Here we are on the fourth Sunday in Advent, with the fourth candle lit on our Advent wreath. Like many lovely Christmas traditions, this one originated in Germany:
Our understandings of what Christmas really is emphasize the differences between my two countries, starting with which day is considered the most important. In Germany, presents are brought in some regions by the Christ-child, and opened on the afternoon of Christmas Eve. It’s a time for ‘Besinnlichkeit’, which means quiet reflection: words which I think do not sit comfortably in an English-speaking brain.
Christmas Day, December 25, is the big day for me, and the best presents, I remember, were always the ones in the stocking which had been hung over the end of my bed. Other children were told that Father Christmas brought these presents, but our family was not so into Santa.
I knew it was actually my Mum who had been responsible for the tangerine in the toe, the comic rolled up and squeezed in lengthwise, the chocolate bar which I was allowed to eat in the middle of the night, the crayons and tiny games and toys. The night of Christmas Eve I always slept fitfully, waking up regularly to check if the stocking was still lying flatly at my feet, or if it was already bulging with presents. Knowing that opening those presents was just the start of what would be a wonderful day, and looking forward to a giant portion of Bread Sauce. If I was really lucky, we would be spending Christmas with my grandparents in Wales. Auntie Kath made the Bread Sauce there and it was the best in the world.
In 1964, I was a plump and bespectacled eight-year-old who loved dancing. My favourite book was ‘Ballet Shoes’ by Noel Streatfield.
I didn’t go to dance or ballet class, and was not an orphan, but that didn’t stop my dreams of being a ballerina. My Mum had made me a sort of practice outfit out of a white pillowslip with a slit cut in the top for my head to poke through and an old blue belt with an ‘S’ for a buckle, and I knew that my Christmas present was going to be pink ballet shoes and in my mind’s eye I was going to delight the entire family with my performances on Christmas Day.
It was a long drive from Hertfordshire to South Wales, this was before the Severn bridge was opened.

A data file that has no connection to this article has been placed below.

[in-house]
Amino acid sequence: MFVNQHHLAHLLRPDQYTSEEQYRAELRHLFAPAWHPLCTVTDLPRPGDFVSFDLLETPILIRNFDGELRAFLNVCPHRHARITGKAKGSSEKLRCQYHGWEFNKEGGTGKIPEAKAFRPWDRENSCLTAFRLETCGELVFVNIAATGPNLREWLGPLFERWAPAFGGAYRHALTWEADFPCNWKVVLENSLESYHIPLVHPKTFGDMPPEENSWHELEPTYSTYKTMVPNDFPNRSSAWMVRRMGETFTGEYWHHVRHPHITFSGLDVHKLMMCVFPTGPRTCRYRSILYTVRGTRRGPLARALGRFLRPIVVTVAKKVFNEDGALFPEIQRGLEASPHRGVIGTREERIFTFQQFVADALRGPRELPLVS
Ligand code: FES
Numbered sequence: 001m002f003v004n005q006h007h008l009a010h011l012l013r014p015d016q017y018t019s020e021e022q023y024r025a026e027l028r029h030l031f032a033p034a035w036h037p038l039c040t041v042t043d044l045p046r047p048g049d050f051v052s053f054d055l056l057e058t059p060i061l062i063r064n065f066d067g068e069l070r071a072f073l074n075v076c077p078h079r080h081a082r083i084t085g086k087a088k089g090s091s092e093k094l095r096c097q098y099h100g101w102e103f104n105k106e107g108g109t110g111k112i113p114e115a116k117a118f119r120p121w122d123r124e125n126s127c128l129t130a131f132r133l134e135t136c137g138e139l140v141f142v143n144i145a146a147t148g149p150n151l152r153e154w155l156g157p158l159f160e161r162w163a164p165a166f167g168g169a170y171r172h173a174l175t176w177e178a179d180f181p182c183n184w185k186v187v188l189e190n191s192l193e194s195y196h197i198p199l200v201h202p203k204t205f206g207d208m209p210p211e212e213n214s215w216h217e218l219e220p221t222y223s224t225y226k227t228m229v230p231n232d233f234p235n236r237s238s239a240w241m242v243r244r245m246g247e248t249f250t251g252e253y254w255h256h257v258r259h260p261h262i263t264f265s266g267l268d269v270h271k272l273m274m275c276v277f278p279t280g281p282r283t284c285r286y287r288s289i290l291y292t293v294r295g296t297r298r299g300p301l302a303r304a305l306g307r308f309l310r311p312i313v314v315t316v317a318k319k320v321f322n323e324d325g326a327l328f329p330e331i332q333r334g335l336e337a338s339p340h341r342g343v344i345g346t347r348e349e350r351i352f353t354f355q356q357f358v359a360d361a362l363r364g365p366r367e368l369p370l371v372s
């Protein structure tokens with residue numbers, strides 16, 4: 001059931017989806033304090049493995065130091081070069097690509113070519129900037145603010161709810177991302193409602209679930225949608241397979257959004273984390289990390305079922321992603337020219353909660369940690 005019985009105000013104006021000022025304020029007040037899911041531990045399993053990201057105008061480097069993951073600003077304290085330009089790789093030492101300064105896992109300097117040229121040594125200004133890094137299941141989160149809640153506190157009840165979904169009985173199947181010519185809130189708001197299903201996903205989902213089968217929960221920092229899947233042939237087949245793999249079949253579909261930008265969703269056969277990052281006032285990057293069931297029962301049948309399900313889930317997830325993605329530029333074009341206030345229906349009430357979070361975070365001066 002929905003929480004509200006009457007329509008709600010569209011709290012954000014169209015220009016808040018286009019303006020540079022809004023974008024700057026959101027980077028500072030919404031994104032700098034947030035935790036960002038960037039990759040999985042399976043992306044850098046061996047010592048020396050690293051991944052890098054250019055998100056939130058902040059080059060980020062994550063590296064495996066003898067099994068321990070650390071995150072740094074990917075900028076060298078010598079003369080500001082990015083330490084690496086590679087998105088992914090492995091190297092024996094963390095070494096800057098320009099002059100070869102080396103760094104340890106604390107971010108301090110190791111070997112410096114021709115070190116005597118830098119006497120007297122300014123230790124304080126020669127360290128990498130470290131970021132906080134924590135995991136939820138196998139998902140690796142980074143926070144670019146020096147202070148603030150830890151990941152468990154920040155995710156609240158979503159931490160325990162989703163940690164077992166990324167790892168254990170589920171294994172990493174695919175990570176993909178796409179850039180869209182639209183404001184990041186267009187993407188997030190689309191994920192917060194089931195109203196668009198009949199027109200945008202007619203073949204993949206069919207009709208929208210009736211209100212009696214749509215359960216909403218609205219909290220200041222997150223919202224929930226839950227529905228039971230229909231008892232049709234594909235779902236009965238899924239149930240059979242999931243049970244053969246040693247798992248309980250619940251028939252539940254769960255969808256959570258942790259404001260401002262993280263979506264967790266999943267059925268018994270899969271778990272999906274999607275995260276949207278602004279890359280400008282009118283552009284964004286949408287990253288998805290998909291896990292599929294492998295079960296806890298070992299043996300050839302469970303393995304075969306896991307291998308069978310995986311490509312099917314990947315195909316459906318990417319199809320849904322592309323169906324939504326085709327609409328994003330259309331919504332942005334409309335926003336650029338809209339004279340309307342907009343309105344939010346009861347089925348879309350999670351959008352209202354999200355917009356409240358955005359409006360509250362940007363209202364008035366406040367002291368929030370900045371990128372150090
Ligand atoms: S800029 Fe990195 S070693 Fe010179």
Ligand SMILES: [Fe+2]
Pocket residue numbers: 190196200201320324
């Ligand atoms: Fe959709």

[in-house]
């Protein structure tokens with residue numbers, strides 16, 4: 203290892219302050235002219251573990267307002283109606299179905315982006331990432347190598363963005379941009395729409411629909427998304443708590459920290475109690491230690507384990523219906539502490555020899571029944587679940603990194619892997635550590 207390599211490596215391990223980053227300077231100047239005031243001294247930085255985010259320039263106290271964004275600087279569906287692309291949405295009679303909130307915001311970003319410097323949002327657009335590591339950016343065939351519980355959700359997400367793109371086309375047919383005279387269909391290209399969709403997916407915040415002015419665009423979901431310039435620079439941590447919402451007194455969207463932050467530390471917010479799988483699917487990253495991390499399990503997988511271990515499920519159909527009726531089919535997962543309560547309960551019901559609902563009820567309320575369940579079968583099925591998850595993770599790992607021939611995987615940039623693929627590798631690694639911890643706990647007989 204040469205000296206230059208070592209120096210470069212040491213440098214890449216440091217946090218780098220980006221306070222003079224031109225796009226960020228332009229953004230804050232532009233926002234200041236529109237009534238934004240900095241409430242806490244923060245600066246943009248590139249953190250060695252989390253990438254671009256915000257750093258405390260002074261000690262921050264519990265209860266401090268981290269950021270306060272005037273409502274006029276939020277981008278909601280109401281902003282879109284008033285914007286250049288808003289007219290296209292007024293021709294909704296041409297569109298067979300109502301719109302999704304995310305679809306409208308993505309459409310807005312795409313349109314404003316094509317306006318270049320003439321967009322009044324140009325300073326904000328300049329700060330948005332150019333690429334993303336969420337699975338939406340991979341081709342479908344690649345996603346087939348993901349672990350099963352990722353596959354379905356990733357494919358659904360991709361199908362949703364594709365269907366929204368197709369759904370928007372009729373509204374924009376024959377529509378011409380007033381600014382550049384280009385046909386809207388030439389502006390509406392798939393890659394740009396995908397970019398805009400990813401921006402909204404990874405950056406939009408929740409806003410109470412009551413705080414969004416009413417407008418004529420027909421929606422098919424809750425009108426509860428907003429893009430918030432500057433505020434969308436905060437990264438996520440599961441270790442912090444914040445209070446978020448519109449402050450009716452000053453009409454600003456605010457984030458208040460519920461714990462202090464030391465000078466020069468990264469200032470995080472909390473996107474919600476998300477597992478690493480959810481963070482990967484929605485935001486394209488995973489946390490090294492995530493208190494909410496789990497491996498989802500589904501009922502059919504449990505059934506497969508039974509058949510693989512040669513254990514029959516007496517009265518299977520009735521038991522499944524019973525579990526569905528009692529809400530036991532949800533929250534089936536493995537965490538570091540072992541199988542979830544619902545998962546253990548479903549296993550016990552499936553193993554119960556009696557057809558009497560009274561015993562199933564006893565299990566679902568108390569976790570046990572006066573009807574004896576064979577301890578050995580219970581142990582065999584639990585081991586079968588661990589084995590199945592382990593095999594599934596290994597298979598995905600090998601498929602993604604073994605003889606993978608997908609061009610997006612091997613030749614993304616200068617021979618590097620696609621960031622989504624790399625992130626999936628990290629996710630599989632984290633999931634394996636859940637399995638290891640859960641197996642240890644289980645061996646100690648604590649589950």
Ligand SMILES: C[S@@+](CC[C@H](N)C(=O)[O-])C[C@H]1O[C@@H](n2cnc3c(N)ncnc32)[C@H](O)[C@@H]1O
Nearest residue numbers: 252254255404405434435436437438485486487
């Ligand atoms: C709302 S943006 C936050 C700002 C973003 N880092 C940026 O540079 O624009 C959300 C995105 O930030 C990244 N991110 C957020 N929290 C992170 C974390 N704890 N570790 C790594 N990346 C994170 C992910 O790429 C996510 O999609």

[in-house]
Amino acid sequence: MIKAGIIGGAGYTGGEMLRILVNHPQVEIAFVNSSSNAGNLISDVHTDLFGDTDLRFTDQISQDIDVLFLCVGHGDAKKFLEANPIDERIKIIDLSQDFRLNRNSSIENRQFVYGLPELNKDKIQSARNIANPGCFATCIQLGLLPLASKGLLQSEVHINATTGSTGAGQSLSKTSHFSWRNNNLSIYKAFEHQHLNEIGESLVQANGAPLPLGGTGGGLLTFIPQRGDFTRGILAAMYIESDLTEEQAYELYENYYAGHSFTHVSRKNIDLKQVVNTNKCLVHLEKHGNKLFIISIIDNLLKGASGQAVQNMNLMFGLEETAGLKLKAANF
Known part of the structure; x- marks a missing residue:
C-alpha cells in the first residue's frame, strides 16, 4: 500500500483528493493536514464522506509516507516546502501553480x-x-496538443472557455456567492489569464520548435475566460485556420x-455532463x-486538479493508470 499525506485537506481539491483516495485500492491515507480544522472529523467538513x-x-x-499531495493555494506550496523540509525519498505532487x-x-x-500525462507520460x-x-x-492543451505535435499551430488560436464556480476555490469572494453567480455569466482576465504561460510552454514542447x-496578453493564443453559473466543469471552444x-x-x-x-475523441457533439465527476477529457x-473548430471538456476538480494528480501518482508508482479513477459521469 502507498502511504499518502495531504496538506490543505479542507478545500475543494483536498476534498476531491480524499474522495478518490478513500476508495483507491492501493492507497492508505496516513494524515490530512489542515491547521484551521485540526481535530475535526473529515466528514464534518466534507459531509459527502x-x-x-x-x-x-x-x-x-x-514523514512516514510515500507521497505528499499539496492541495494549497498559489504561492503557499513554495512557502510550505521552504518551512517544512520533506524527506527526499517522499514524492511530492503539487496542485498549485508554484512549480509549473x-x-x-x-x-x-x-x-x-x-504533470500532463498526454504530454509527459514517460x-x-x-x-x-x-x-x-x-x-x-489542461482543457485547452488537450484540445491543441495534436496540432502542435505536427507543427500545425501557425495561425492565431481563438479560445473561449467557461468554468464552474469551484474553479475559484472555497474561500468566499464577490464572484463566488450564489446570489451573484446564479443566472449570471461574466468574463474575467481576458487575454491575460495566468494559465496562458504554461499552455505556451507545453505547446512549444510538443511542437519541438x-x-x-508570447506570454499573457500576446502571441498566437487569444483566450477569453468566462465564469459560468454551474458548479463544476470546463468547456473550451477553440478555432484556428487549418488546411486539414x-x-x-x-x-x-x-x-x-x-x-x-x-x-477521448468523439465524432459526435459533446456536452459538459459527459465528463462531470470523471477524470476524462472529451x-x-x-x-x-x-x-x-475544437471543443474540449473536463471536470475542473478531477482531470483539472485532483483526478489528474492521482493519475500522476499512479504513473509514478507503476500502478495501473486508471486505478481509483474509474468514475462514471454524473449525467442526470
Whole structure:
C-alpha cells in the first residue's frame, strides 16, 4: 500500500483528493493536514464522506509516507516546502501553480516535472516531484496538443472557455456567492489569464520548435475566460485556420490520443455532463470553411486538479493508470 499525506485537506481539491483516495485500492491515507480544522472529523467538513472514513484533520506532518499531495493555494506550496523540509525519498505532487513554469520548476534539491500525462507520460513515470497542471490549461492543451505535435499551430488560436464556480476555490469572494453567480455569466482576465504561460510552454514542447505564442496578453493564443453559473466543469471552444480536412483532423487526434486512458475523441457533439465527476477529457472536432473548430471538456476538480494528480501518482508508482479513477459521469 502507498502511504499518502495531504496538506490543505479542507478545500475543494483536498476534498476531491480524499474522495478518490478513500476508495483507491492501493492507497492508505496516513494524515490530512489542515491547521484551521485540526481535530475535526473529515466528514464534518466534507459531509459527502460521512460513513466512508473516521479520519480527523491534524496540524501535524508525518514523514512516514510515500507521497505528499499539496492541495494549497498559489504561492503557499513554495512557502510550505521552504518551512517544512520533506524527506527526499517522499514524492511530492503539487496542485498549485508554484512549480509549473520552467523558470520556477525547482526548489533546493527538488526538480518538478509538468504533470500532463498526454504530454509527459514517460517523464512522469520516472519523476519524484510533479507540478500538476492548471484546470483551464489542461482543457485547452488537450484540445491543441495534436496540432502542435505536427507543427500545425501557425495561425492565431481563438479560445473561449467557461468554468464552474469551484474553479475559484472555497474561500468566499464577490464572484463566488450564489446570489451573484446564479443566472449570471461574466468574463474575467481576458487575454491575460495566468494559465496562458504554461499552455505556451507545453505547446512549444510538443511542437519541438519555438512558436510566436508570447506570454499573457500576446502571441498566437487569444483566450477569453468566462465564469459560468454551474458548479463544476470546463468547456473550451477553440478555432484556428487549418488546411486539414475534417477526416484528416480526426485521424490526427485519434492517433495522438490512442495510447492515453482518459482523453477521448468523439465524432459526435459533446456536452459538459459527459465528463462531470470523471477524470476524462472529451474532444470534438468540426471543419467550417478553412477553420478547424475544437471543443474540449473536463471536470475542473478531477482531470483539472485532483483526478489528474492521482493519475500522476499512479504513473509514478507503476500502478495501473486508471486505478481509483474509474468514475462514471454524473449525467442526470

We stopped along the way somewhere near Gloucester and ate our sandwiches and drank tea from a thermos and turned into Barry Road as it was getting dark. We always pulled into Orchard Drive, the road before my grandparents’ house, to freshen up. My dad combed his hair, my mum applied fresh lipstick. She looked at herself in the mirror and shrieked:
“I’ve forgotten the presents! they are still on top of the wardrobe!”
My dad was the world’s best in Furious Looks, and looked at her darkly:
“Why did you say anything?”
I was silent in the back. I knew it was best at times like this to keep quiet, but surely even my dad realized I would notice the lack of pink ballet shoes the next day?
As it was, I was deposited at my grandparents and my parents rushed into Barry to get replacement presents. I remember my Mum got me a sewing basket (sewing not being one of my interests) and my dad, typically, chose a Bible. I was very disappointed. Nevertheless, here I am all these years later, a different person in a different country, sewing basket and dreams of being a ballerina long gone. But I can put my hand on that Bible immediately.
Long ago I realized that the date, December 25, wasn’t important for me. I don’t need to see my family on that day, or on any other day really, to know that I love them, and they love me. When I am sad that I haven’t seen my grandchildren in person this year I remember my Australian grandfather, who never even met any of his granddaughters.
In times of trouble, I know I can always turn to Sesame Street, a place where we can all feel better. So let’s all sing along with Ernie and Bert and hope for better times next year.
A good Christmas for you all, and a happy and healthy New Year!